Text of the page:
Friday, April 19, 2013

The Boston Bombing

by Sheila Connolly

Poor Kim Jong-un.  You almost have to feel sorry for him.  His sabre-rattling was going so well; he had thousands of North Koreans parading around, waving their guns and dragging missiles around the country.  The rest of the world was sitting on the edge of their seats, biting their nails, wondering "Will he?  Won't he?" actually send a nuclear warhead somewhere.

And then along come one or two guys with a couple of pressure cookers and
some buckshot and nails, and suddenly North Korea has fallen off the map, and Boston is front and center on every news outlet in the country.  Explosive devices made of stuff that you or I could buy on any street or in any mall in Middle America.  My husband tells me you can cook up gunpowder with no exotic ingredients and no high-tech equipment, in your garage (I haven't tried it). See, it doesn't take nuclear warheads to terrify people.  The bloody deaths or maiming of some children and innocent bystanders is more than enough to make the point.

And whoever made and planted those bombs hasn't even bothered to come forward [as of the time of this writing—it's a very fluid situation].  Can't you see him (most likely it's a him, right?) sitting back and watching the wall-to-wall news coverage and gloating?  I did that! Is it a good thing or a bad thing if that feeling of personal satisfaction is enough for the perpetrator, without any grand political agenda or terrorist affiliation? 

This is not a political blog, but we are all mystery writers here, so we all choose to deal with death and fear and threats on some level.  None of us writes violent stories filled with explosions and assault weapons and stacks of bodies (and I'll confess I find it harder and harder even to read those as I grow older).  We write softer, gentler mysteries.  Yes, someone dies, but the plot revolves around finding out who killed that person, and why the killer believed that person had to die.  There are seldom convincing reasons for the killing, because killing another person is inherently wrong.

Our stories most often involve ordinary people, usually women, thrust into an investigation because finding a killer is the right thing to do.  Often one of the main characters is a law enforcement official of some sort, and that matters too, because that person carries the weight of our whole societal structure.  He or she is appointed or volunteers to keep us safe, and to pursue and root out the evil that hides within our culture.

Violence is never far from American society. Witness the heated arguments about gun control.  Private citizens may never in their lives fire an assault weapon, but they want to be able to, just in case.  In case of what?  Do they truly believe that chaos is just around the corner, and having a serious weapon will protect them?  If the entire citizenry of Boston had been carrying during the Marathon, would it have made a difference? (More likely a lot more innocent people would have been injured by terrified citizens shooting wildly.) The sad thing is, we don't feel safe, even in our own homes.  And the Marathon Bombing just reinforces that.

I have no solutions.  I write murder mysteries because killing is wrong, and I believe that it is important to show that justice can be served, even if it's only by one person at a time.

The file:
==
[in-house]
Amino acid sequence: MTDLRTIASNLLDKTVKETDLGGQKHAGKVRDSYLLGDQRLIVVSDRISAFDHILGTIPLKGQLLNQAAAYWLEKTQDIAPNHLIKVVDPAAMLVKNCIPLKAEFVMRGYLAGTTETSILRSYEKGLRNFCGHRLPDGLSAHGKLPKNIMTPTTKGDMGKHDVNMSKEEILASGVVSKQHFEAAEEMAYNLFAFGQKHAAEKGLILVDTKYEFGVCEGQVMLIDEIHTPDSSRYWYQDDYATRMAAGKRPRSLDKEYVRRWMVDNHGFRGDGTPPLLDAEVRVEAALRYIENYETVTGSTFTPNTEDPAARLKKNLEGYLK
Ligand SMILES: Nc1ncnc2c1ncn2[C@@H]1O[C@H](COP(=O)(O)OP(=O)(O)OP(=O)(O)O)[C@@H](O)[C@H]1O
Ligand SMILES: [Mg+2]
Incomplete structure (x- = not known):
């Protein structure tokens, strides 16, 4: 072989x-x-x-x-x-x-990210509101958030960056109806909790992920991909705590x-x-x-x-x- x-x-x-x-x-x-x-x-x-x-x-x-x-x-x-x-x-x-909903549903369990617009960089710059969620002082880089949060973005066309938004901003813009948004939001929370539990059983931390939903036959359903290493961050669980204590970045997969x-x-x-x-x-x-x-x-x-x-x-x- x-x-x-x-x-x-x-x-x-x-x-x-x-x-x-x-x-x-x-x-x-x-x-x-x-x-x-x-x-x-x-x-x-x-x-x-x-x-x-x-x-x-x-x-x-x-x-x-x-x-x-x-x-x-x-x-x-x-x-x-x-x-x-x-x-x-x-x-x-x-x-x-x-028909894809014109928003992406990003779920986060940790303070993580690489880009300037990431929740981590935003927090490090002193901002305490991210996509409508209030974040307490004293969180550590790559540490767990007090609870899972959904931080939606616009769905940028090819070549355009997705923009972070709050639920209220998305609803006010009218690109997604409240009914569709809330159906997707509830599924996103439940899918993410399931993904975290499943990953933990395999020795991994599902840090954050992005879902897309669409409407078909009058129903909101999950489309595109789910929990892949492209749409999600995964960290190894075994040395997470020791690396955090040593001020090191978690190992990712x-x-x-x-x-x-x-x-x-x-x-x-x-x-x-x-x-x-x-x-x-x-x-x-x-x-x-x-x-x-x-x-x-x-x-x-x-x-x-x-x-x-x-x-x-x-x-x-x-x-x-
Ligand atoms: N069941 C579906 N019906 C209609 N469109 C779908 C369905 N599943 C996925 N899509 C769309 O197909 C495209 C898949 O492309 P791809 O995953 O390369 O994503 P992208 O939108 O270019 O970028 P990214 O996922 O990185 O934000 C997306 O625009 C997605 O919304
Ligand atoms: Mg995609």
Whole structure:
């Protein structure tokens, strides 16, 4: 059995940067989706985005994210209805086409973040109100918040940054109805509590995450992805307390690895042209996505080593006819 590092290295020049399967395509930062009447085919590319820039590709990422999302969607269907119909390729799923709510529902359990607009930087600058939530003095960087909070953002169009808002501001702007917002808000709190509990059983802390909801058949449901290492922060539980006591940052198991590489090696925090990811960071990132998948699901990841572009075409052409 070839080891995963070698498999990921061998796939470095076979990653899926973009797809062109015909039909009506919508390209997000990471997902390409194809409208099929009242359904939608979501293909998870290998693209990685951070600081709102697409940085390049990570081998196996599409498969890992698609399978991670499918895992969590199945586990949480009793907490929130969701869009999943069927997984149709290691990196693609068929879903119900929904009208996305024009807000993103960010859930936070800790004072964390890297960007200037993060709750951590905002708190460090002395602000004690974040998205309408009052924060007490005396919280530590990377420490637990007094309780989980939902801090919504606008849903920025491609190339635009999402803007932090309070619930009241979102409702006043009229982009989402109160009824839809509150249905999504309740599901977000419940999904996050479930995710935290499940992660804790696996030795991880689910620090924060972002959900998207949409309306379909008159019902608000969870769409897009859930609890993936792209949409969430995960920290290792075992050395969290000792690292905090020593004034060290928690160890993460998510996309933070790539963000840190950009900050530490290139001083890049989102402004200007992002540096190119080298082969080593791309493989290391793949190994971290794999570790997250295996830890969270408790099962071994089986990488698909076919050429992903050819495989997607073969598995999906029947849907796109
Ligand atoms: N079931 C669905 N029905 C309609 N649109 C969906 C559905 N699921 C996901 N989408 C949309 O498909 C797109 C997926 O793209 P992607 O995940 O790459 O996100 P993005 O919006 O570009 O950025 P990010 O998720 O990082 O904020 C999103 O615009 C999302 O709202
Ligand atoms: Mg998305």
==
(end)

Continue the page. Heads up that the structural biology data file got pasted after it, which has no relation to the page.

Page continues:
Sheila Connolly said...

Let me add that as of this morning, one suspect has been killed and the other identified. As I noted, this is fast moving, and it has been fascinating to watch the procedural machinery of law enforcement in motion--luckily, in this case, successfully.

Perhaps by the end of the day we'll know the "why" of the attack.

Anonymous said...

You have excellent insight - on a lot of the points included in this excellent blog for crime writers. Thank you!! Thelma Straw in Manhattan

Leslie Budewitz said...

Sheila, an excellent commentary. Thank you. In a mystery -- as in life -- murder disrupts the social order of a community. I see the official investigators as restoring external order, while its up to the citizens -- embodied in our plucky amateur sleuths -- as restoring internal order within the community.

Sandra Parshall said...

In our books, at least, we can control the outcome and find justice for the victims.

Steven M. Moore said...

Hi Sheila,
There were a few other events left in the dust too. Today is April 19, the anniversary of the Waco fire and the Oklahoma City bombing. We also had some wing-nut Elvis impersonator send letters seeded with ricin to the three people, including the President.
Mysteries and thrillers hit too close to home sometimes as real life is often stranger than fiction. When I included ricin in my book Full Medical, I put it there thinking, "Gee, that's easy to make." When I put a dirty bomb in The Midas Bomb, I knew that the attraction to the bad guys would be its ability to create terror even with limited damage--the marathon bombs fortunately weren't radioactive. (By the way, one of the terrorists there, an ex-KGB agent, was avenging her Chechnyan lover!) Tom Clancy had a Japanese terrorist flying a 747 into the State of the Union address before 9/ll. Are we giving too many ideas to the terrorists?
I don't think so. The instructions for a pressure cooker bomb and mixing powder can be found on the internet--just add shrapnel. We are empowering a few deranged individuals to do tremendous damage. But I don't think fiction books are the culprits.
In fact, fiction books can illustrate both the need and the ways for law enforcement to work together. We saw some of that in the last few days as federal and local authorities came together to identify the Boston bombers and the ricin fan. May we continue to see this improving in the future.

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